The Quality of Care Plans for Patients With Do-Not-Resuscitate Orders
Sulmasy, Daniel P.
Sood, Johanna R.
Ury, Wayne A.
Archives of Internal Medicine 2004 July 26; 164(14): 1573-1578
BACKGROUND: Care plans for patients with do-not-resuscitate (DNR) orders often fail to define limits other than cardiopulmonary resuscitation and fail to address other patient care needs. We studied the explicitness and comprehensiveness of care plans for patients with DNR orders and what factors were associated with this aspect of the quality of their care. METHODS: A cross-sectional study was conducted at Georgetown University Medical Center (GUMC), Washington, DC, and St Vincent Catholic Medical Centers (SVCMC), St Vincent's Hospital-Manhattan, New York, NY. Participants included 189 consecutive medical inpatients with DNR orders. RESULTS: A previously validated medical chart review technique termed concurrent care concerns (CCCs) measured whether 11 possible patient care needs had been addressed within 2 days of the DNR order. Reasons for the DNR order were documented in only 55% of cases, and a consent conversation was documented in only 69%. The mean number of total CCCs per DNR order was 1.55 (1.84 at GUMC and 1.29 at SVCMC; (P =.007). In a multivariate logistic regression analysis of low (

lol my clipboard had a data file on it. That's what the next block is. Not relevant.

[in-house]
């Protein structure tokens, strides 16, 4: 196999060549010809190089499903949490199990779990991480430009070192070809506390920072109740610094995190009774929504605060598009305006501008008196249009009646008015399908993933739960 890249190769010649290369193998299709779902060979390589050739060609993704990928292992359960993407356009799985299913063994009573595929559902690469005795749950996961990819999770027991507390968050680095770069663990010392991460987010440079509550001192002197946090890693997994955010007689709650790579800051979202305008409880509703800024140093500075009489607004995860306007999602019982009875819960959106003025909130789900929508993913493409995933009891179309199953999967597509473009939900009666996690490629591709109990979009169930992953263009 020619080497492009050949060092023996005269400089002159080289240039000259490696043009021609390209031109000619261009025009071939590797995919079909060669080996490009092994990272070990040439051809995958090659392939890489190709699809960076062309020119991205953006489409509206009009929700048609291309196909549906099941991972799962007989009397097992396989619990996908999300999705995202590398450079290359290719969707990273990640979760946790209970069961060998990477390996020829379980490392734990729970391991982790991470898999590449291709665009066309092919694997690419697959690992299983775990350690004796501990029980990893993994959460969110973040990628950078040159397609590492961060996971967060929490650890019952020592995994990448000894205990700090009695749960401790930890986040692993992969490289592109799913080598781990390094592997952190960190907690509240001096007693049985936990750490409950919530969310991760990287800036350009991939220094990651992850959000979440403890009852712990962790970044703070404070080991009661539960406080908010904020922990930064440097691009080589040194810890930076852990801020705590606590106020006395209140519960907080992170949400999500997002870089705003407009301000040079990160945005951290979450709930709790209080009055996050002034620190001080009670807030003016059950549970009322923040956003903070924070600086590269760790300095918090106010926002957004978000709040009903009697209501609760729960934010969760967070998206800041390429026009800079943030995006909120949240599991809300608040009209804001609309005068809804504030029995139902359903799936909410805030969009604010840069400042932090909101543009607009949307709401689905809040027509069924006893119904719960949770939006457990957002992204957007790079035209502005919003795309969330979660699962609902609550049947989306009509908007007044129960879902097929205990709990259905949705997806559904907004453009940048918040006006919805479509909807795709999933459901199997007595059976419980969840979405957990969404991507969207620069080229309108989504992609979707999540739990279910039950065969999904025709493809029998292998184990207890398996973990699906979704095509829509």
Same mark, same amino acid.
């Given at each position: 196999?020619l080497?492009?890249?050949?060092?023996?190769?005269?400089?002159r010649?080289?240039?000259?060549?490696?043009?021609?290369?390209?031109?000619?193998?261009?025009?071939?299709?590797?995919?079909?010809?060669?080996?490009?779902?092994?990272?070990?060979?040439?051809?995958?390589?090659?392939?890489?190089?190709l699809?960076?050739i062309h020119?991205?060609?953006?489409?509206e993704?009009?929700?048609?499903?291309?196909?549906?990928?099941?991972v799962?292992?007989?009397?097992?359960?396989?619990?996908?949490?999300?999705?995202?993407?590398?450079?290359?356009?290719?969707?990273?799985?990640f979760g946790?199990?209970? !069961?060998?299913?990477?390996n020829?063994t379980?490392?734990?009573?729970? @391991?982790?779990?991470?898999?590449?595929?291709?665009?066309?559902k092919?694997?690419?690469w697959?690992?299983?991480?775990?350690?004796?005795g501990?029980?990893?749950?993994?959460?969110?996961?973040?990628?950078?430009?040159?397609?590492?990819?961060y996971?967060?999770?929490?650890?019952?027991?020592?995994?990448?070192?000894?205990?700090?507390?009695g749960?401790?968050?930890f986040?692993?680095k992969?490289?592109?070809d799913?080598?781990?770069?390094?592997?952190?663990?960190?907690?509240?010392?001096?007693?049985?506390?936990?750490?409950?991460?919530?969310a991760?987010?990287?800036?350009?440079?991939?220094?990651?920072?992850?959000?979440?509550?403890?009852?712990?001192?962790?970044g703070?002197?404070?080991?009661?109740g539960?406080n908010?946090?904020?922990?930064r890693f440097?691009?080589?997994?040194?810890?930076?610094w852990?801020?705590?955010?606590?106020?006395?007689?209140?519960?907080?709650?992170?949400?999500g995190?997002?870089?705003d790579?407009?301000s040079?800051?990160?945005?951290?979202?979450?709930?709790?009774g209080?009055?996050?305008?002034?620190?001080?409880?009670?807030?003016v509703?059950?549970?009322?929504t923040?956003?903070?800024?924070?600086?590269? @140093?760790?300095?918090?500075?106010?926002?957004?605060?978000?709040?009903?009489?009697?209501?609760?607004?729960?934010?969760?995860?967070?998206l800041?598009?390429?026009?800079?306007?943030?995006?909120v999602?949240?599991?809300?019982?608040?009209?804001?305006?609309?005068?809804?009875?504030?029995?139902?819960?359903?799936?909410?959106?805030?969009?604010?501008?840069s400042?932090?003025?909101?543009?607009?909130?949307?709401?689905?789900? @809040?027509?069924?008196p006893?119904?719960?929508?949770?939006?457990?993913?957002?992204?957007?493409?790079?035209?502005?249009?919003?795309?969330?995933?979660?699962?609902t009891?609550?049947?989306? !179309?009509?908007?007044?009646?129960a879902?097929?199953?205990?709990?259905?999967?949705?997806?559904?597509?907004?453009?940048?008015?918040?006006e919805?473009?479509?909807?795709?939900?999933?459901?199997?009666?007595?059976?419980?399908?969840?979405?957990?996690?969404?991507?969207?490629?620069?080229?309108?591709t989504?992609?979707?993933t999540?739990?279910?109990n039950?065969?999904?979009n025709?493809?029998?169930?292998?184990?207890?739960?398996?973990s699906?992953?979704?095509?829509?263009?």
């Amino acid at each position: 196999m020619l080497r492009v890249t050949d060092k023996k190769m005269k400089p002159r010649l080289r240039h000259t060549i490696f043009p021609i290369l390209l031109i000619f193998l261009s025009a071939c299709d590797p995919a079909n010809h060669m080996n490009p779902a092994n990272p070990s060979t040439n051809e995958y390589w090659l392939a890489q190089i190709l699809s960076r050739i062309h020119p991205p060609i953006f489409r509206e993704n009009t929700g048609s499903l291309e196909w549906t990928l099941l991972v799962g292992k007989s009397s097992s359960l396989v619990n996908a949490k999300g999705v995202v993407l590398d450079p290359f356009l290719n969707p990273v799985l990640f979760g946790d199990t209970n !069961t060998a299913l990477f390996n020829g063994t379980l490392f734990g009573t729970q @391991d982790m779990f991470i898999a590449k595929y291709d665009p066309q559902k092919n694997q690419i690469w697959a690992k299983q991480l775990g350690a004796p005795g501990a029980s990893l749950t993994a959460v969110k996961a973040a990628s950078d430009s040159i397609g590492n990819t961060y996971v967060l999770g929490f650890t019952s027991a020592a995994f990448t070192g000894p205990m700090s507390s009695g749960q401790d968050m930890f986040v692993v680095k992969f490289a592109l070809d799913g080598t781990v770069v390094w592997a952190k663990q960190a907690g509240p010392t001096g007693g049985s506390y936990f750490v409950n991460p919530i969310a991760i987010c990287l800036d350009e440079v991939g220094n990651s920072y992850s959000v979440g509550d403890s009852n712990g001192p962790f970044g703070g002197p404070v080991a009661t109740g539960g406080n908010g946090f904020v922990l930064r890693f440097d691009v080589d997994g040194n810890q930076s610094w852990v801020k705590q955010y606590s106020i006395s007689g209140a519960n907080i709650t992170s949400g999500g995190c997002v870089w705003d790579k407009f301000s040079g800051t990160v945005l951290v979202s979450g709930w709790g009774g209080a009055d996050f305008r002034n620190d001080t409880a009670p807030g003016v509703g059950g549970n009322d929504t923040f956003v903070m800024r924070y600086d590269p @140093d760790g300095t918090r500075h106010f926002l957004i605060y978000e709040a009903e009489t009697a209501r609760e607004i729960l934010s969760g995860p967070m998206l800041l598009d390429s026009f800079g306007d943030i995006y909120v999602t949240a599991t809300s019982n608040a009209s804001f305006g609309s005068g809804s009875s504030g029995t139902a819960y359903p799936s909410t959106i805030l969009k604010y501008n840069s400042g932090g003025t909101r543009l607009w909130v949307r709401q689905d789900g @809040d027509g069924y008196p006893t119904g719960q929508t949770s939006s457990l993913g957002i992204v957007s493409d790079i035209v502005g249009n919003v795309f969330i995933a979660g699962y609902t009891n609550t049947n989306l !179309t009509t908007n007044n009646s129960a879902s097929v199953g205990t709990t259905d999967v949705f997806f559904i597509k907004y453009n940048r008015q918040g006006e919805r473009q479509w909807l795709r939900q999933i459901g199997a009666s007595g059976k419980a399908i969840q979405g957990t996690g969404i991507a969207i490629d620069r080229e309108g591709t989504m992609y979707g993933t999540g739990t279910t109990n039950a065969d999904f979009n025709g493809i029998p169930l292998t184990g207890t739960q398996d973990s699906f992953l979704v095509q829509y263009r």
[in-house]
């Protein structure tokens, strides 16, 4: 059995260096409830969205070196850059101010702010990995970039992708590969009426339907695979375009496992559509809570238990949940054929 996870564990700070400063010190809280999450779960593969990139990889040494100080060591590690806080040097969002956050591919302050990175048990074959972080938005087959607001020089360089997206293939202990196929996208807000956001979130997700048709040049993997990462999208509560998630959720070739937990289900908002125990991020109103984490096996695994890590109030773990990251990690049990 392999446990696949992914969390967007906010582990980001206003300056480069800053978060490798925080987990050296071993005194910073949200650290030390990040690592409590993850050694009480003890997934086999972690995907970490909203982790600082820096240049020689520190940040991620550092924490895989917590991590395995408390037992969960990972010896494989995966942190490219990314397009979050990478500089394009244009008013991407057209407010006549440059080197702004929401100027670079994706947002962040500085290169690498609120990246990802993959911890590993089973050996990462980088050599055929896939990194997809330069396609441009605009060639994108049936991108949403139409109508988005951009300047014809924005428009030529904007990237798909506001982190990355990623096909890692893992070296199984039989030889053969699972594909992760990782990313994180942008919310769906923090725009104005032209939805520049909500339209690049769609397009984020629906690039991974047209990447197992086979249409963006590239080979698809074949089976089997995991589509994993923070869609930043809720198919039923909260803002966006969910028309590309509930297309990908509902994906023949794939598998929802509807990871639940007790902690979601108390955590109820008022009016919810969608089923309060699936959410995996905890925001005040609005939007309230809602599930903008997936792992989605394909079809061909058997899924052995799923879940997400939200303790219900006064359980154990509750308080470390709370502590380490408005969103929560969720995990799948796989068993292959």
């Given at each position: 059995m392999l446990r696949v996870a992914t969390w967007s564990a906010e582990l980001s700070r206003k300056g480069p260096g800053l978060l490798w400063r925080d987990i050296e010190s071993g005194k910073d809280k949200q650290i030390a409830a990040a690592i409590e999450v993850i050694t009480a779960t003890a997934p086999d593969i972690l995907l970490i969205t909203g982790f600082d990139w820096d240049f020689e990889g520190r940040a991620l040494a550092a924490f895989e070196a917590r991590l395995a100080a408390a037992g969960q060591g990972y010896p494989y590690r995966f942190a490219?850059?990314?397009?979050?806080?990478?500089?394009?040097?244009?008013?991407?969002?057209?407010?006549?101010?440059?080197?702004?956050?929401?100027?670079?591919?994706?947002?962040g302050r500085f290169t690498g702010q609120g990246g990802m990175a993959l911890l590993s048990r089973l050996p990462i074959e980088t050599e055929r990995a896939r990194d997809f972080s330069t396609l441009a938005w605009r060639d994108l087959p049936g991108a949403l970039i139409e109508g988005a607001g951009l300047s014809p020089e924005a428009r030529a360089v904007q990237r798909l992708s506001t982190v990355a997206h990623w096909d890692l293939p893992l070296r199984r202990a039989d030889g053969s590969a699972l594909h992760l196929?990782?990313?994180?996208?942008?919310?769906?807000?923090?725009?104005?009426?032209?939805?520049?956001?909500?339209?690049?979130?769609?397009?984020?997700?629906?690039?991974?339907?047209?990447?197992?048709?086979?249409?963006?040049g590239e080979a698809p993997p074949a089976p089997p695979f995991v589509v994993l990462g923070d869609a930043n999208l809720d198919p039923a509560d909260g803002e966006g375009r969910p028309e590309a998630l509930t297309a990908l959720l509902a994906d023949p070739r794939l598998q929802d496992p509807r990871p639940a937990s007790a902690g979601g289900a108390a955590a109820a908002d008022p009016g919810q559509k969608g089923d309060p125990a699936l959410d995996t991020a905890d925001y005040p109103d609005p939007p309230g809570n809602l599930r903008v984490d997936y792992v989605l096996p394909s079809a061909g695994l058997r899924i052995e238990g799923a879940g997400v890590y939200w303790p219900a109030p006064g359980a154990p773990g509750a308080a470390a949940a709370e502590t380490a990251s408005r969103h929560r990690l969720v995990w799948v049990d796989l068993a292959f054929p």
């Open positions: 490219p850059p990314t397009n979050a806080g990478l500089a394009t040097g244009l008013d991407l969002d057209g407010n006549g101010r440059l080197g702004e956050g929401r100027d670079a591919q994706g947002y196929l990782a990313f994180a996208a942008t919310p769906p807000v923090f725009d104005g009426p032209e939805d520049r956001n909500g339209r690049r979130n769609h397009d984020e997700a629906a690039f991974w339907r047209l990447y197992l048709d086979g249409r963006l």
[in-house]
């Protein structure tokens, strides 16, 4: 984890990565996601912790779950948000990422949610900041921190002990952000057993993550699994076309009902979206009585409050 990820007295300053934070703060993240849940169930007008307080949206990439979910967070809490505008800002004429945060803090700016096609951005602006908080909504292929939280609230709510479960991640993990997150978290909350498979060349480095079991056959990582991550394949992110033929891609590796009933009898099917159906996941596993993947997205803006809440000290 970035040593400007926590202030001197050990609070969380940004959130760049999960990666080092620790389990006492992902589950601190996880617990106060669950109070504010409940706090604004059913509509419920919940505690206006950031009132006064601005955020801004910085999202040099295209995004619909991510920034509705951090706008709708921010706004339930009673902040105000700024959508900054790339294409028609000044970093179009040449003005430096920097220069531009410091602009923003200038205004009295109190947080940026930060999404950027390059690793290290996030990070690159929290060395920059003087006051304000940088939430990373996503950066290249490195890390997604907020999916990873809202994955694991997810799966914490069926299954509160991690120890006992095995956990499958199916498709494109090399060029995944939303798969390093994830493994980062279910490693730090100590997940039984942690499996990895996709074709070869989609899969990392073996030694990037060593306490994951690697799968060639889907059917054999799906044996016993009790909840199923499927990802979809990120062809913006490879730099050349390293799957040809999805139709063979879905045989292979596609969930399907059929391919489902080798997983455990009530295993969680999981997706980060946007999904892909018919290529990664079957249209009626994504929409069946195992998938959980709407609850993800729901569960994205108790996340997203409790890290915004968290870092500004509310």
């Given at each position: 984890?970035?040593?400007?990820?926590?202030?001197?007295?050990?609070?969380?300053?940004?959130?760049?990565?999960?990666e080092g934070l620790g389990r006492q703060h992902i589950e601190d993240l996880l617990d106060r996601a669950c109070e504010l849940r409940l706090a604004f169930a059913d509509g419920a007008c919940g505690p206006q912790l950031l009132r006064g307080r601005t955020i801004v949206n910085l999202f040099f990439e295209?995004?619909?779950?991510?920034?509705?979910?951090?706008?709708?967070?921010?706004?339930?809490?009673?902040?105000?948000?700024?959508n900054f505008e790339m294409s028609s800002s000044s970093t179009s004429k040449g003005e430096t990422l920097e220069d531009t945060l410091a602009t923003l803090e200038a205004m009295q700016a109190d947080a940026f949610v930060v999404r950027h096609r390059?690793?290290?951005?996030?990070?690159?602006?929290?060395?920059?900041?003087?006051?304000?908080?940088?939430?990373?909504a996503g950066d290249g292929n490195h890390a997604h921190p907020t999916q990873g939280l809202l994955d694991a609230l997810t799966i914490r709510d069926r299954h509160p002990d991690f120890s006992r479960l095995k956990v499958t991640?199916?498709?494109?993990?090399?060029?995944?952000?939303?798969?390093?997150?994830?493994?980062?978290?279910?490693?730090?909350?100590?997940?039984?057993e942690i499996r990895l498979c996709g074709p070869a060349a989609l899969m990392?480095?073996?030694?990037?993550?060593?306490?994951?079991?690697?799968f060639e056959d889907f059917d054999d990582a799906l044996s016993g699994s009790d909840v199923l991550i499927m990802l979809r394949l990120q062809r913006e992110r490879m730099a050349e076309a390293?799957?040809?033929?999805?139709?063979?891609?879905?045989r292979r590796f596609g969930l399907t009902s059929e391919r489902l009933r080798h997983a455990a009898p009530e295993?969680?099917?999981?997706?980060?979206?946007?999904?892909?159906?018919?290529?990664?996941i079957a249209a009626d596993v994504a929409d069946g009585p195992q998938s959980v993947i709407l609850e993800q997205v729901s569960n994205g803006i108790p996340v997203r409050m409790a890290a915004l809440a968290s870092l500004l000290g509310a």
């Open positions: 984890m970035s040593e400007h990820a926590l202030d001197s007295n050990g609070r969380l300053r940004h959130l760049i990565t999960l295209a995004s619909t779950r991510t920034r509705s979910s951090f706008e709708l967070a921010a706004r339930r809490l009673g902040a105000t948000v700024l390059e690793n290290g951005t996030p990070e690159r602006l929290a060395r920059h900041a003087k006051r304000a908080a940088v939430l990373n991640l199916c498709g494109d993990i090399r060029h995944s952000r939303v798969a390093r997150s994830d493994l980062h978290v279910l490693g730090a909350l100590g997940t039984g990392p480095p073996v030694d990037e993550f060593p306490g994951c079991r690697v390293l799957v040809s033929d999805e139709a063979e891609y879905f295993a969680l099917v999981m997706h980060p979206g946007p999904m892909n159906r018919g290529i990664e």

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Sulmasy, Daniel P.; Sood, Johanna R.; Texiera, Kenneth; McAuley, Ruth L.; McGugins, Jennifer; Ury, Wayne A. (2006-12)
Long-Term Effects of Ethics Education on the Quality of Care for Patients Who Have Do-Not-Resuscitate Orders Sulmasy, Daniel P.; Terry, Peter B.; Faden, Ruth R.; Levine, David M. (1994-11)OBJECTIVE: To assess the long-term clinical impact of a broad-based ethics education program for medical houseofficers with specific emphasis on appropriate care for patients who have do-not-resuscitate (DNR) orders. ...